state court candidates GOP forum

State Court candidates Trina Griffiths, Scott Halperin, Diana Simmons, David Willingham, Joseph Atkins and Mazi Mazloom participate in a Cobb County Republican Party virtual town hall with Tonya Boga, Catherine Busse, Michael Murphy and Jason Shepherd. The town hall was held via Zoom and shared to Facebook Live. 

The six men and women vying for the vacant judgeship on the Cobb County State Court answered questions and made appeals to voters at a recent virtual town hall hosted by the Cobb Republican Party.

The candidates for State Court Post 6 are: Joseph Atkins, Trina Griffiths, Scott Halperin, Mazi Mazloom, Diana Simmons and David Willingham. The state court hears traffic violations and criminal misdemeanors.

The Post 6 seat was vacated with the retirement announcement of Judge Toby Prodgers. The nonpartisan election is June 9.

Joseph AtkinsAtkins, who said he has worked nearly 33 years as an attorney, said he has a wide breadth of experience, as well as a background in small business that will inform his time on the bench. He promised to bring integrity and patience to the courtroom and discussed his upbringing on a family farm, saying, “I know what hard work is.

“If you elect me as your judge, my plan would be to run an efficient courtroom. I’ve been a small business owner, I understand efficiency. I want to run a fair courtroom and an efficient courtroom and properly use the Cobb County taxpayers’ money. I’ve served on jury, I’ve tried a bunch of cases all over the state,” he said. “I’ve seen what works, I’ve seen what doesn’t work and I will know how to run court in a fair way.”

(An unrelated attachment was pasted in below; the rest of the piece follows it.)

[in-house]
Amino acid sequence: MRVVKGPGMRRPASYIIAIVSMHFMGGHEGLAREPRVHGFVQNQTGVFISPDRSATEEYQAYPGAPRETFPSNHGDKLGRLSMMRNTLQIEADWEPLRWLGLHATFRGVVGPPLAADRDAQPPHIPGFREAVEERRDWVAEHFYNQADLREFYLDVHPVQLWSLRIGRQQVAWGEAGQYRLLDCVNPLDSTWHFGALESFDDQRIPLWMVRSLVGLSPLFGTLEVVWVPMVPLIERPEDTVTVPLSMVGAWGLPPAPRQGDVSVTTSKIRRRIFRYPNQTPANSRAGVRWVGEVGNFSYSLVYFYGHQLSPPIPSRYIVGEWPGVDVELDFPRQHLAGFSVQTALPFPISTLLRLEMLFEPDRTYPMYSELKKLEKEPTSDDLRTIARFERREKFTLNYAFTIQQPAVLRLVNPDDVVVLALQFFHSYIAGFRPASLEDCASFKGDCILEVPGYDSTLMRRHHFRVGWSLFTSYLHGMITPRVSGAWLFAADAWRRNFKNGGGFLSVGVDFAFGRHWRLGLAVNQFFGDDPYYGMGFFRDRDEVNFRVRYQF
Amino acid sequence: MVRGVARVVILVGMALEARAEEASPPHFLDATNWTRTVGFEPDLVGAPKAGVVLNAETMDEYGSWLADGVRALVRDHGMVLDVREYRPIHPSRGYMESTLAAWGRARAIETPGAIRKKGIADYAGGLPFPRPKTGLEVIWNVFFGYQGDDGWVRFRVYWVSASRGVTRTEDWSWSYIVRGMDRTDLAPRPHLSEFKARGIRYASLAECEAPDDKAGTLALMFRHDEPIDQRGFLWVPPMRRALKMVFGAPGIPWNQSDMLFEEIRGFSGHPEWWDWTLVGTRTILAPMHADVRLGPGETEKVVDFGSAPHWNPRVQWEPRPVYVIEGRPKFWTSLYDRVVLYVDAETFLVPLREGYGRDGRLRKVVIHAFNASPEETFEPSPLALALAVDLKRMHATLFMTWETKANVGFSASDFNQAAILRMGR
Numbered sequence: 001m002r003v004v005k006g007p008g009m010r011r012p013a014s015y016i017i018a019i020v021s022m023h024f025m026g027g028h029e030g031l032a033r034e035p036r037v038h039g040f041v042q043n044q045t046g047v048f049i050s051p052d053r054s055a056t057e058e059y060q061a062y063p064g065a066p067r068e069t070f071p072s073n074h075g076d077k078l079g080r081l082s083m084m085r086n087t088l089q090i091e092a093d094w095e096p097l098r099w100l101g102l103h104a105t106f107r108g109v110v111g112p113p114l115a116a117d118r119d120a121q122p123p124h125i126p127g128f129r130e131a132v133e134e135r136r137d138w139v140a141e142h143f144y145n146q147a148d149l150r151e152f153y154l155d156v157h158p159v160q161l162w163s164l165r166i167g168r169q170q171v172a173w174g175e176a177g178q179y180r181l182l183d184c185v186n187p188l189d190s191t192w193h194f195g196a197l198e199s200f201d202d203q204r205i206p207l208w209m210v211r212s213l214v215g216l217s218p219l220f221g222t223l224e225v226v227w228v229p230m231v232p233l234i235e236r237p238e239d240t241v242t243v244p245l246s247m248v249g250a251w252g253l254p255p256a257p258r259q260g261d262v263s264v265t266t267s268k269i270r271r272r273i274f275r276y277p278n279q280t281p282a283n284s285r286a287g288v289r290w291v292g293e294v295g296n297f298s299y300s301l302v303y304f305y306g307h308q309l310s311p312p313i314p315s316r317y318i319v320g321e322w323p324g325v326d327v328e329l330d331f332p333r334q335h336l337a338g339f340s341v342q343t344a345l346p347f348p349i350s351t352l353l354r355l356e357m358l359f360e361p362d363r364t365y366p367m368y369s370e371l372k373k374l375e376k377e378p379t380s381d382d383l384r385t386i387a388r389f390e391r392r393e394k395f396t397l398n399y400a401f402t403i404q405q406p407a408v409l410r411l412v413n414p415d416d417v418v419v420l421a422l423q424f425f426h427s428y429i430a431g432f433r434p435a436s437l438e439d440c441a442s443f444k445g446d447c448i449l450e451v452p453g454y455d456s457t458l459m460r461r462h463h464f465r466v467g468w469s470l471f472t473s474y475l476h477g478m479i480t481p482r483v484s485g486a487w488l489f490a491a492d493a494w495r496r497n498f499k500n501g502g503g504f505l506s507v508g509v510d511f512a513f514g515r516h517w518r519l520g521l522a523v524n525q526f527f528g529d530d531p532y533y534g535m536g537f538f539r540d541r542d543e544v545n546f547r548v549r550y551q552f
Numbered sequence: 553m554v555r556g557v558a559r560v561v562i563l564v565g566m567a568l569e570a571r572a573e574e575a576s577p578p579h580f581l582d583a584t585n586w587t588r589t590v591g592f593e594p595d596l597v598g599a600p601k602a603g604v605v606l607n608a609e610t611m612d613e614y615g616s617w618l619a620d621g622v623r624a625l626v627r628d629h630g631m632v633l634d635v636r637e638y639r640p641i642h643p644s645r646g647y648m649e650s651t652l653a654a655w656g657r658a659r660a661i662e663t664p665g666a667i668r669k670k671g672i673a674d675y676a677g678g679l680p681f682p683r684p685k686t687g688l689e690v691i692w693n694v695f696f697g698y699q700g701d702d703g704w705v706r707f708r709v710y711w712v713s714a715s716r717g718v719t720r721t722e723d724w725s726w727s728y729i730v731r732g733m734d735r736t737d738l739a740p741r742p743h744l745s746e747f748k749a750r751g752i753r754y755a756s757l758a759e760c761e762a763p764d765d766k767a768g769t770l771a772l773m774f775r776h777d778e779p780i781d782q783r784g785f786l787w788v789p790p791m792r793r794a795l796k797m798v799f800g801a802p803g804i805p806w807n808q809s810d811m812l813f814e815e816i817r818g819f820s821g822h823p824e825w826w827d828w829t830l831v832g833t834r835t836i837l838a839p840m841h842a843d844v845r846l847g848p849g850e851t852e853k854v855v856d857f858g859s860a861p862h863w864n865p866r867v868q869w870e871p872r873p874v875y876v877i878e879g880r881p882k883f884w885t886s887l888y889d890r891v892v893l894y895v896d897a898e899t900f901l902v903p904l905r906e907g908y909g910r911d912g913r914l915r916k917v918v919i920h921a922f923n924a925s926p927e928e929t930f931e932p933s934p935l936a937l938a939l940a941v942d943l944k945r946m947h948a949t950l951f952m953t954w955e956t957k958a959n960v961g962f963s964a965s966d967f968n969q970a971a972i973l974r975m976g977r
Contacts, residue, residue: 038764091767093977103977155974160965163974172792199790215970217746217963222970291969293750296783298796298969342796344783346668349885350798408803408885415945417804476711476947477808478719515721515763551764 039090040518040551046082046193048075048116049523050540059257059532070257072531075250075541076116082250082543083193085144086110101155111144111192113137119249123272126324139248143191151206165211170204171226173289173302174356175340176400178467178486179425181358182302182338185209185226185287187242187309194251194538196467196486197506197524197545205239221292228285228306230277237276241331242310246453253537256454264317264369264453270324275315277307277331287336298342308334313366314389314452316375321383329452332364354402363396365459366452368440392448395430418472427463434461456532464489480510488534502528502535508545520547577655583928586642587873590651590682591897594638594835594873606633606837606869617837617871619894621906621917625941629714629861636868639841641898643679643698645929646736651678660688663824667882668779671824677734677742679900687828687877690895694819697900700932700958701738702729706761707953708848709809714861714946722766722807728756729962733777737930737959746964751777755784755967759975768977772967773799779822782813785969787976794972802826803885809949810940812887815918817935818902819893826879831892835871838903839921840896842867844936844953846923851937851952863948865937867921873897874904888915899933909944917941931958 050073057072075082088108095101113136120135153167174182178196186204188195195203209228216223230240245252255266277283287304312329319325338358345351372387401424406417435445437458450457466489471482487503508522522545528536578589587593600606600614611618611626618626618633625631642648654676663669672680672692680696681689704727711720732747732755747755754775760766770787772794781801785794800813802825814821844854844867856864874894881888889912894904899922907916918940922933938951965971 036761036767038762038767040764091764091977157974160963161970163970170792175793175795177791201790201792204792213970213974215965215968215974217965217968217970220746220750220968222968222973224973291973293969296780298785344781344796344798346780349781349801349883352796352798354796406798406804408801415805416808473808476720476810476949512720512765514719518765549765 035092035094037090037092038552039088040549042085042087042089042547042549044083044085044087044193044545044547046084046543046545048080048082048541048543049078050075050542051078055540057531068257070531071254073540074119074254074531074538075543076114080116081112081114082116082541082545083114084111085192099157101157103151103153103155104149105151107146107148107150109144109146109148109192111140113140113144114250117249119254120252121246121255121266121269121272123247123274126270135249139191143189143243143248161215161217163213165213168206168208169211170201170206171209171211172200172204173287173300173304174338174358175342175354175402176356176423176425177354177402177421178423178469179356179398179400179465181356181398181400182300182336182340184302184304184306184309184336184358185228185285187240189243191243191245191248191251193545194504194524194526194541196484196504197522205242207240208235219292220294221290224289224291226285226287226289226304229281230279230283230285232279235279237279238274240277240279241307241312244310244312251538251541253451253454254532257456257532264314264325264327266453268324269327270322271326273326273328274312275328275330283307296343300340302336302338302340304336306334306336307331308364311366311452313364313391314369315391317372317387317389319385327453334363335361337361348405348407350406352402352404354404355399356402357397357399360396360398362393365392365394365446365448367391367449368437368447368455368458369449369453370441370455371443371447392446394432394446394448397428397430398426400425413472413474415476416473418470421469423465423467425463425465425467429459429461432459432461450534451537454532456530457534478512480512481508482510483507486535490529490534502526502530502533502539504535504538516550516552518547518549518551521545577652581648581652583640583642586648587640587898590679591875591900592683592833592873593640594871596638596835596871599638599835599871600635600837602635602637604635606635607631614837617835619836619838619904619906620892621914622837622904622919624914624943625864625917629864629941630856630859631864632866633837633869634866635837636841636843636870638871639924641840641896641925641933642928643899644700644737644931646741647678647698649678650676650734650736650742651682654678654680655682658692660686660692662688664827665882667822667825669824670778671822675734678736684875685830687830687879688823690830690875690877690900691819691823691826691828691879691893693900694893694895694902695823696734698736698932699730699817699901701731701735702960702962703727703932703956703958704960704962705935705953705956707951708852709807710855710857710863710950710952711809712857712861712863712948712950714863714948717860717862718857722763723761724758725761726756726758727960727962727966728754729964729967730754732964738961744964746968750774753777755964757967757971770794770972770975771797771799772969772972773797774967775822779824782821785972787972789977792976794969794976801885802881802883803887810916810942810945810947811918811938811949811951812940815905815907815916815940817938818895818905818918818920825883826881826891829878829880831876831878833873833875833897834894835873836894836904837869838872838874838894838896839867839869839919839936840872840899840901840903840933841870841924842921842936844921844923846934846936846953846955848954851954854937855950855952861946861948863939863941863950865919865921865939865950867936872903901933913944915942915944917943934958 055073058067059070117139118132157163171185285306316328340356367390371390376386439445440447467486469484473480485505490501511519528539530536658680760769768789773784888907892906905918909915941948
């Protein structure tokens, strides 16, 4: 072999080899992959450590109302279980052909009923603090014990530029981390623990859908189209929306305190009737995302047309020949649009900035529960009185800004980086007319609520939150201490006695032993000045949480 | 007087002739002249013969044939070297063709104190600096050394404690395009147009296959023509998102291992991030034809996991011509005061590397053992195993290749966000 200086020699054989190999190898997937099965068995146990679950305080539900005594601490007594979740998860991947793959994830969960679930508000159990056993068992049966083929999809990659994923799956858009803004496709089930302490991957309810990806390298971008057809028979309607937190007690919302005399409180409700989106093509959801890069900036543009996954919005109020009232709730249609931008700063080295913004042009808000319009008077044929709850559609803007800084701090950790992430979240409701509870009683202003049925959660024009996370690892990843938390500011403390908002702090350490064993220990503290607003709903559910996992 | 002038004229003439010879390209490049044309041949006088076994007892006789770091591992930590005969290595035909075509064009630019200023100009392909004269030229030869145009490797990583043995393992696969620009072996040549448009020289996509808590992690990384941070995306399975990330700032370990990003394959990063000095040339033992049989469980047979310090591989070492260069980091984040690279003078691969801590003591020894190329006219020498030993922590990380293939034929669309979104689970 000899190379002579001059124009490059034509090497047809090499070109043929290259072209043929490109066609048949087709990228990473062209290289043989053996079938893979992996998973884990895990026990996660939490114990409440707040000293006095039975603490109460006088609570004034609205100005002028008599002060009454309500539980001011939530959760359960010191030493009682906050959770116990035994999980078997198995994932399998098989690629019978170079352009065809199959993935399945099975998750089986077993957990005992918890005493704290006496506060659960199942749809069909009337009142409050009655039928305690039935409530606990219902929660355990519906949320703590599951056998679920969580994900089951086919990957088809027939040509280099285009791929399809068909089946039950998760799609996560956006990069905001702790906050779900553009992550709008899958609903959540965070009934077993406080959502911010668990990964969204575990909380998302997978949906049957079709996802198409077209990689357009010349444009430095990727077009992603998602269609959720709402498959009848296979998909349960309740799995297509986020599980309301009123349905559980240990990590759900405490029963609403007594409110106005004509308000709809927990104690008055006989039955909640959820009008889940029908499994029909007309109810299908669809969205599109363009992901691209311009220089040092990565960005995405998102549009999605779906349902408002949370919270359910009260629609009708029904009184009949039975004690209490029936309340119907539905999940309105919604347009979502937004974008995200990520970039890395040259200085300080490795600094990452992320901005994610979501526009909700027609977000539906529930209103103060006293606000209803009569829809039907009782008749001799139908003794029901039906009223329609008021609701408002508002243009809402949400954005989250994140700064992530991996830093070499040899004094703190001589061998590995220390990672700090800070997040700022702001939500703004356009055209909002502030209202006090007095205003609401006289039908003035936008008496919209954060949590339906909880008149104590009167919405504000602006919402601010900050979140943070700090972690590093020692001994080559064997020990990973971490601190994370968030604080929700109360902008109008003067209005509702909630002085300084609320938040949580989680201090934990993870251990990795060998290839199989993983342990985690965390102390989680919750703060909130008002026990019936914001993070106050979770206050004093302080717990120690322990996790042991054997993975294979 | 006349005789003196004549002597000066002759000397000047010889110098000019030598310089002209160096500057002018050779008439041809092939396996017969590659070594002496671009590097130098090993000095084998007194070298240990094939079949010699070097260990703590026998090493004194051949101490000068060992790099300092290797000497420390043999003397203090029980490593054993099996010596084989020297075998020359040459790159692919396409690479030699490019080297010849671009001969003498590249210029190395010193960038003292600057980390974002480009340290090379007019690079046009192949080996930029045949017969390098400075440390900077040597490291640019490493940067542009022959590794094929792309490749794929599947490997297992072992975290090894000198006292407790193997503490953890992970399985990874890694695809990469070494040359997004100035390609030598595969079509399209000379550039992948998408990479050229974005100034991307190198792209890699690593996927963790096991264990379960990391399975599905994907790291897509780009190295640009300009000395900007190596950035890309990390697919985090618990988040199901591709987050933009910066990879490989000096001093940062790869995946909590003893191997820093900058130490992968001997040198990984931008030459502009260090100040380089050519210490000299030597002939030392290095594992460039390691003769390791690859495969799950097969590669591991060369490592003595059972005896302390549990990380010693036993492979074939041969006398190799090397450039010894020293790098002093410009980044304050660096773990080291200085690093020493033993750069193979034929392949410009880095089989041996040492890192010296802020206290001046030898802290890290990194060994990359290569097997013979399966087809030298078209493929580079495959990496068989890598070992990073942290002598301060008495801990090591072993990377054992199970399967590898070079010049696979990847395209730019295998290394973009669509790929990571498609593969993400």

Trina GriffithsGriffiths said she is faithful to God, her family, and her community, she cares for everyone in the legal system and she can “make tough decisions.” She pointed to her experience specifically in the county’s state court.

“I am the candidate with the most experience in Cobb County State Court, 24 years, prosecution and defense. I have the experience. I also have the perspective. I’ve been on both sides of cases for over a decade each, in the criminal sector for the state as well as for criminal defense,” she said. “I also have the work ethic. When I was a prosecutor, I went above and beyond. I prosecuted in the solicitor’s office, which prosecutes in state court, but I also prosecuted a felony case because it had to be done.”

Scott HalperinHalperin said he has spent his entire career serving his community. Before law school, he said, he worked in a legal clinic for Atlanta’s homeless population, and since graduating has worked in legal aid, private civil practice and public and private defense, and used to lead the criminal defense section of the county’s bar association.

“I will run a fair court, I will run an efficient court. I have done nothing but serve my community from the day I graduated from law school and, in fact, from five years before I graduated law school. And I will bring that same sense of community service to the job on the bench,” he said. “It’s the judge’s job to make sure that justice is dispensed evenly — and efficiently, I absolutely agree. Besides the parties that are appearing before the bench, the next most important people to me are going to be the taxpayers of Cobb County who are footing the bill for the case that is in front of me. So I’m asking you to let me take my service to the next level, let me dedicate my talents to the betterment of Cobb County’s judiciary.”